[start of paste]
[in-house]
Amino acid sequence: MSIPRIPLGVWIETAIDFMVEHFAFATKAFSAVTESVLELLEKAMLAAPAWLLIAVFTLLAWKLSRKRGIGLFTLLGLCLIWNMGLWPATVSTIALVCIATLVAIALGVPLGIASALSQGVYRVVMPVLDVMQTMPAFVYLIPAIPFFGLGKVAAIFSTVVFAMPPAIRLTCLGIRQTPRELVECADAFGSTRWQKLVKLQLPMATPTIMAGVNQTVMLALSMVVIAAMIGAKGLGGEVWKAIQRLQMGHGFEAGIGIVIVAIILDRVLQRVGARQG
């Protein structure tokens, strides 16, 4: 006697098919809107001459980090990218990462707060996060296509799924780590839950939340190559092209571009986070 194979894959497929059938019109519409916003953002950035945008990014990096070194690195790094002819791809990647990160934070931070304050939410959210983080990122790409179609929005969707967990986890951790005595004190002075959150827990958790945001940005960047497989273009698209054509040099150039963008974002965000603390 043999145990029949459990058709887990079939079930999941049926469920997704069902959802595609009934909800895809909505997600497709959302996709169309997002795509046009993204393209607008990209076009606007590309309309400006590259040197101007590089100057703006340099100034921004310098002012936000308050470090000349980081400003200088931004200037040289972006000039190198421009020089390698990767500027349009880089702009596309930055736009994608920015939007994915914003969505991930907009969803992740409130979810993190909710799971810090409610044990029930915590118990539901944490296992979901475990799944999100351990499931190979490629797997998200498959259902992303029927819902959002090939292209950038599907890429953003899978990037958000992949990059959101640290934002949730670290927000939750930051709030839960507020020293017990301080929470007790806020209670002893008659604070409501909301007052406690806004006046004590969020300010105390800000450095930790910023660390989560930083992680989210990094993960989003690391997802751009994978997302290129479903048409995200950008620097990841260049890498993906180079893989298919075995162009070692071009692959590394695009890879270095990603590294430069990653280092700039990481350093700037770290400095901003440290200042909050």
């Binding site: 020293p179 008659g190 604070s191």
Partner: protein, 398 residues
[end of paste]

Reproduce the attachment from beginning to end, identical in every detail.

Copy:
[in-house]
Amino acid sequence: MSIPRIPLGVWIETAIDFMVEHFAFATKAFSAVTESVLELLEKAMLAAPAWLLIAVFTLLAWKLSRKRGIGLFTLLGLCLIWNMGLWPATVSTIALVCIATLVAIALGVPLGIASALSQGVYRVVMPVLDVMQTMPAFVYLIPAIPFFGLGKVAAIFSTVVFAMPPAIRLTCLGIRQTPRELVECADAFGSTRWQKLVKLQLPMATPTIMAGVNQTVMLALSMVVIAAMIGAKGLGGEVWKAIQRLQMGHGFEAGIGIVIVAIILDRVLQRVGARQG
């Protein structure tokens, strides 16, 4: 006697098919809107001459980090990218990462707060996060296509799924780590839950939340190559092209571009986070 194979894959497929059938019109519409916003953002950035945008990014990096070194690195790094002819791809990647990160934070931070304050939410959210983080990122790409179609929005969707967990986890951790005595004190002075959150827990958790945001940005960047497989273009698209054509040099150039963008974002965000603390 043999145990029949459990058709887990079939079930999941049926469920997704069902959802595609009934909800895809909505997600497709959302996709169309997002795509046009993204393209607008990209076009606007590309309309400006590259040197101007590089100057703006340099100034921004310098002012936000308050470090000349980081400003200088931004200037040289972006000039190198421009020089390698990767500027349009880089702009596309930055736009994608920015939007994915914003969505991930907009969803992740409130979810993190909710799971810090409610044990029930915590118990539901944490296992979901475990799944999100351990499931190979490629797997998200498959259902992303029927819902959002090939292209950038599907890429953003899978990037958000992949990059959101640290934002949730670290927000939750930051709030839960507020020293017990301080929470007790806020209670002893008659604070409501909301007052406690806004006046004590969020300010105390800000450095930790910023660390989560930083992680989210990094993960989003690391997802751009994978997302290129479903048409995200950008620097990841260049890498993906180079893989298919075995162009070692071009692959590394695009890879270095990603590294430069990653280092700039990481350093700037770290400095901003440290200042909050």
């Binding site: 020293p179 008659g190 604070s191």
Partner: protein, 398 residues